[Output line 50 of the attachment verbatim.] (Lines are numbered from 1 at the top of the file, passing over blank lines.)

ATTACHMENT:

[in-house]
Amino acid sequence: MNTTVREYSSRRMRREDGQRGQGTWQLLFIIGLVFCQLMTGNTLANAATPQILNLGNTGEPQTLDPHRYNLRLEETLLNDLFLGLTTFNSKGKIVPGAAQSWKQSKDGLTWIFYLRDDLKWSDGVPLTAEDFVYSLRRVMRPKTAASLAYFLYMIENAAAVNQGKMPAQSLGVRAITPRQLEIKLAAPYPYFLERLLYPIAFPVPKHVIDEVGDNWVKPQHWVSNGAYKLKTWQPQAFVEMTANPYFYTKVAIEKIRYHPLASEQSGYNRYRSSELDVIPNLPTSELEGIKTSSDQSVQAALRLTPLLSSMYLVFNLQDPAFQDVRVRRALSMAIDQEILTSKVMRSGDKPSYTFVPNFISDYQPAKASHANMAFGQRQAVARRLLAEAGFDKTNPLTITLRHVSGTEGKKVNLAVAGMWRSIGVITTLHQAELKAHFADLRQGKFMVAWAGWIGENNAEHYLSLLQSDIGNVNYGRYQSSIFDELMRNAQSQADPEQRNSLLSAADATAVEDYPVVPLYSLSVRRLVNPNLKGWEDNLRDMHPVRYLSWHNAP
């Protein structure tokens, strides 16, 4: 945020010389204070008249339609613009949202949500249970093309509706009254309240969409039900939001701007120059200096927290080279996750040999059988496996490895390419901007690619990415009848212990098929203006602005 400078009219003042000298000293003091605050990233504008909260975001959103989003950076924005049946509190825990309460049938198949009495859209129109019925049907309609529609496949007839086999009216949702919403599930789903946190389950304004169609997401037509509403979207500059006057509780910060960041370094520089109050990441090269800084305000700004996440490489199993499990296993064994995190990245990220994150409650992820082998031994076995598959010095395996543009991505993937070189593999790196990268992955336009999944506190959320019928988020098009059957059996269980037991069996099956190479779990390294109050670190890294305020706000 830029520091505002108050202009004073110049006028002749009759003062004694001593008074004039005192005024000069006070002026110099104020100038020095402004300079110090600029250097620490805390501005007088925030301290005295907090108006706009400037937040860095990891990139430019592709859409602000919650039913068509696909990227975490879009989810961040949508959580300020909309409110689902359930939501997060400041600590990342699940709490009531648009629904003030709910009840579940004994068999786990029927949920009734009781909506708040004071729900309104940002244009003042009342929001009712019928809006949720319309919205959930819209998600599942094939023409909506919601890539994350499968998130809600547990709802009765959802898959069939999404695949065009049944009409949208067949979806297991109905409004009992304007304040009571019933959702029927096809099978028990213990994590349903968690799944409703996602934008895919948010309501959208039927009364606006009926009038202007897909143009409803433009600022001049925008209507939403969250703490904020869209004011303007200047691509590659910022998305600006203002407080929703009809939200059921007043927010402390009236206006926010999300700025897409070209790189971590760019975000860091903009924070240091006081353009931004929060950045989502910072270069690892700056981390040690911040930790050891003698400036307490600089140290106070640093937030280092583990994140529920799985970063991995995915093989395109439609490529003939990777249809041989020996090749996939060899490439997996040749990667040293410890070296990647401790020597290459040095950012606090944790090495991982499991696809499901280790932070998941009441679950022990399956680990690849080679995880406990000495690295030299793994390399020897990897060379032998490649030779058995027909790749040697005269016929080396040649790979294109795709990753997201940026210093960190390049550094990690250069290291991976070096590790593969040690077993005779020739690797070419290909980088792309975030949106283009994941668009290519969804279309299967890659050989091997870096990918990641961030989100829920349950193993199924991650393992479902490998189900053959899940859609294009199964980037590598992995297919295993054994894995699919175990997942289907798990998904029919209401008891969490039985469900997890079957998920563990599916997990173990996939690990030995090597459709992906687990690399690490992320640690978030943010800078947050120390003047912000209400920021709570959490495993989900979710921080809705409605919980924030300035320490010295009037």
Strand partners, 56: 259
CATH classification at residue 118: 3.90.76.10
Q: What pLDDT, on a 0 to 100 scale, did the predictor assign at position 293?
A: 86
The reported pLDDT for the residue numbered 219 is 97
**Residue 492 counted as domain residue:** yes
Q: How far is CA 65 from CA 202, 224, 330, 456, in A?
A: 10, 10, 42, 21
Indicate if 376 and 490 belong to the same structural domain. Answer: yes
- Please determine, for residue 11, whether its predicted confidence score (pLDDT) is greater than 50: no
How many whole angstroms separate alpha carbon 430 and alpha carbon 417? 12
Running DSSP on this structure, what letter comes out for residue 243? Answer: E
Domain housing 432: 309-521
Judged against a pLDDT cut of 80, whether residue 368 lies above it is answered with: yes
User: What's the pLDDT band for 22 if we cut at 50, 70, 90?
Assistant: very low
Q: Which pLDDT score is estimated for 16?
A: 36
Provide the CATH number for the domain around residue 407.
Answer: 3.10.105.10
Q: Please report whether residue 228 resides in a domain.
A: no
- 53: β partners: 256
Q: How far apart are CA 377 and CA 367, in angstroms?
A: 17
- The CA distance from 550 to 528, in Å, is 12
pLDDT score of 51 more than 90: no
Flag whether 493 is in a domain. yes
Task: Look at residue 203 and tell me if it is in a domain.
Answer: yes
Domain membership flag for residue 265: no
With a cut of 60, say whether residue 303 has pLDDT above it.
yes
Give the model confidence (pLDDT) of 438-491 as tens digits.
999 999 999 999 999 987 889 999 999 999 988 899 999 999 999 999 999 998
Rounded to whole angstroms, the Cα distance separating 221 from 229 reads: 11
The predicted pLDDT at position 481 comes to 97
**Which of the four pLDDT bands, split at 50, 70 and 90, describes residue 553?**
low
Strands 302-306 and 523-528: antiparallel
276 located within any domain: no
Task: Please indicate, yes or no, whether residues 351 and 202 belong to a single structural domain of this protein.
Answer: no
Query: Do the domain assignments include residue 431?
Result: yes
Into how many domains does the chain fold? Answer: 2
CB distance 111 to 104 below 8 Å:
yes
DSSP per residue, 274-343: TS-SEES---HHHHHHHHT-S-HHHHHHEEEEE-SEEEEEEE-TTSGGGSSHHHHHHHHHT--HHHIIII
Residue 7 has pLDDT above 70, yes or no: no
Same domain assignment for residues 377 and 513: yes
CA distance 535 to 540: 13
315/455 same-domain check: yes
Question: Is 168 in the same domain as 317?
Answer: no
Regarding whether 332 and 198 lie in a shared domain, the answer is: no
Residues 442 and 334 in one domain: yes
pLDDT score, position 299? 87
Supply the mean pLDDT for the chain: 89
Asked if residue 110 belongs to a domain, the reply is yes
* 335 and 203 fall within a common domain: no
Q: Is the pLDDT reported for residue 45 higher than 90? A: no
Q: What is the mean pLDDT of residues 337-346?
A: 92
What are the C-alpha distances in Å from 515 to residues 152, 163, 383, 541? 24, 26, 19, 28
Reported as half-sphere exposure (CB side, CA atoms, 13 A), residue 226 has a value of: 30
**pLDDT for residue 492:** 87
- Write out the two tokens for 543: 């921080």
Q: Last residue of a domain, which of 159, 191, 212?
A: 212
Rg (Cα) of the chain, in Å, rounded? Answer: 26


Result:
CB distance 111 to 104 below 8 Å: